Learning with Joy
With its 75th anniversary on the horizon, Kimberton Waldorf School continues to build upon a legacy of excellence in educating the “head, heart and hands” of each student
by Leigh Stuart

As any Waldorf student will say, the experience one gains from attending a Waldorf school is unlike any other educational experience there is. Families in the area seek out this experience at Kimberton Waldorf School, which is America’s second-oldest Waldorf school and one of more than 1,000 Waldorf schools worldwide. Here, hands-on learning and classroom education share equal parts in developing each student into a well-rounded human being—one who, as the school’s founding motto suggests, learns with joy.

When asked what sets a Waldorf school apart, Kevin Hughes, dean of Kimberton Waldorf School, which will celebrate its 75th anniversary next year, cites a number of factors. “First, we have what I consider to be a unique and powerful approach to teaching academics,” he says. “Second, our curriculum is based on child development; and third, we educate the whole child. At Kimberton we like to say that we educate the head, heart and hands of our students, with the goal of teaching them how to think, not what to think.”

Waldorf schools approach education as a developmental process. In other words, the methods used to instruct kindergarten students are different than the methods used to teach students in grades one through eight, and these methods, in turn, differ from the way high school students are taught.

Grade school teacher Carmen Maciarello uses Kimberton Waldorf School’s approach to educating 5- and 6-year-olds in the kindergarten program as an example. Studies have shown children at this age learn best through play and imitation, and the early childhood program emphasizes these learning modalities.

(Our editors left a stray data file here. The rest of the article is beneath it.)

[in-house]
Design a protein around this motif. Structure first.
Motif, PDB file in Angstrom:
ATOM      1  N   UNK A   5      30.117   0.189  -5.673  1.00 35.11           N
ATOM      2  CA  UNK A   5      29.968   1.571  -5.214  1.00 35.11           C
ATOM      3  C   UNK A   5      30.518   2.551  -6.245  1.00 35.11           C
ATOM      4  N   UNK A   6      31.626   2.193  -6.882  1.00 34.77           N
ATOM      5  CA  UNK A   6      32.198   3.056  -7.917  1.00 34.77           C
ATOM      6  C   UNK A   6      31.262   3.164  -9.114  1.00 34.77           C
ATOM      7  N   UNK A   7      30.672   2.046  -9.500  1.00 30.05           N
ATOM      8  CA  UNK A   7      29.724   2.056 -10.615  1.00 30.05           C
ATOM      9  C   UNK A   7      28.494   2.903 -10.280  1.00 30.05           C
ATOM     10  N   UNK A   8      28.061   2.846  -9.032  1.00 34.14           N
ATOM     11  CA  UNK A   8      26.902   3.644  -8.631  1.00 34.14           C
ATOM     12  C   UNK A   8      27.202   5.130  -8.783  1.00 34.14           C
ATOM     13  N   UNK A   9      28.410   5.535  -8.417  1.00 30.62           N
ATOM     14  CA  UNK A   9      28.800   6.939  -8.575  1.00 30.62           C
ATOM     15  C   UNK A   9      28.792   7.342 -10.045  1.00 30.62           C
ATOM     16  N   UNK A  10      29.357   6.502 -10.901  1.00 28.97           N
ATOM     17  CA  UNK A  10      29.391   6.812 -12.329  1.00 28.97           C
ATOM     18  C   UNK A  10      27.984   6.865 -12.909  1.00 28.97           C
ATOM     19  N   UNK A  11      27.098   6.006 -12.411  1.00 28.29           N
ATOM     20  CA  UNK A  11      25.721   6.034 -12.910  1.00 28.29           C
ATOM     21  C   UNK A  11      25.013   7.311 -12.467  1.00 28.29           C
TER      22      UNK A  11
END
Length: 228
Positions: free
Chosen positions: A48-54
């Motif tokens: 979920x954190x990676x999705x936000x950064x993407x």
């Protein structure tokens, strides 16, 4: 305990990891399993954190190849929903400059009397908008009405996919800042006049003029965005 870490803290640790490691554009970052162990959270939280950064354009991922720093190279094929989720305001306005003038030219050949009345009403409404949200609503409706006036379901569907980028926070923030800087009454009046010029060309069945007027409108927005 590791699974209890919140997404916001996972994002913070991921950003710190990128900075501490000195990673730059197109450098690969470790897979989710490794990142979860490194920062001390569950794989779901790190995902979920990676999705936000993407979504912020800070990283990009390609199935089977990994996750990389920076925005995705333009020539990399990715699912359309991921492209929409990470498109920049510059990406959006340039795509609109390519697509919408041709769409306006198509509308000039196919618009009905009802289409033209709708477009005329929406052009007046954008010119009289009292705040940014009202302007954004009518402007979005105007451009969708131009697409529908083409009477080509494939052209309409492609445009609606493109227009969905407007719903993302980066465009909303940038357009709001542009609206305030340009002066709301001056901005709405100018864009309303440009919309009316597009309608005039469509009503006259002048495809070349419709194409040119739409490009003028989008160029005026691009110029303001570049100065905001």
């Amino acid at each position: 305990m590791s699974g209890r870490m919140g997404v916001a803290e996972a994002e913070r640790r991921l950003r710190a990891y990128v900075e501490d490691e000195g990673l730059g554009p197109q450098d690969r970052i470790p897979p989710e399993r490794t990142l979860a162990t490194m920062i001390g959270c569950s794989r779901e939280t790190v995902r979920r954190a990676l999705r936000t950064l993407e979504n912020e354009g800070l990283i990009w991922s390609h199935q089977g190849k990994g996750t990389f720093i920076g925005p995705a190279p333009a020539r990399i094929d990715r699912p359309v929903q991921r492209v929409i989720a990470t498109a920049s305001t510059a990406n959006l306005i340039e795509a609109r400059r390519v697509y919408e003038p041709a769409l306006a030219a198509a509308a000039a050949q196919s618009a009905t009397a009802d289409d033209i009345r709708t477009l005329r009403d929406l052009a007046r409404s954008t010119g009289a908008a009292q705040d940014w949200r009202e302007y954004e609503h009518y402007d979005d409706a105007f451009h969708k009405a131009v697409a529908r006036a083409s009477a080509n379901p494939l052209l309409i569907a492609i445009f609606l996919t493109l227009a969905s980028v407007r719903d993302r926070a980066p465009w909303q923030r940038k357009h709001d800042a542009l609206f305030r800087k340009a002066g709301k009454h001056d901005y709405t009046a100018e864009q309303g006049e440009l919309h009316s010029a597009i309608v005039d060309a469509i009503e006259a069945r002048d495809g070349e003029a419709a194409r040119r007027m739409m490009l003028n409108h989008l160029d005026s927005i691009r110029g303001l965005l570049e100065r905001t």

For Anna Zay, the school’s director of college counseling who also teaches history to high school students, the way the school works with students “feeds what adolescents yearn for in their development.” This includes what author and educator David Sloan describes as “three main yearnings”: finding meaning and purpose in one’s own life; finding meaningful relationships with other people and the world; and feeling empowered as individuals that “have a role in the world today.”

When a child is ready for a more structured learning environment—usually around age 6 or 7—the student begins a new phase of their education, which takes place in grades one through eight. Waldorf schools believe that the relationship between the teacher and the student is just as important as the subject being learned. For this reason, the main teacher moves with the students from year to year: from first grade to second grade, second grade to third grade, and so on through eighth grade. This method ensures a personal relationship between the teacher and each student, and that each child is approached as a unique, individual learner throughout these crucial stages of development.

In high school, when students are in their phase of seeking to develop independent judgment, the school fosters the child’s independence and native idealism.

“We see the emphasis on the combination of academic education, artistic education and experiential education as being crucial to who our children become,” says Zay. “Waldorf students think they can try anything. They’re not put off by the complexity of a challenge.”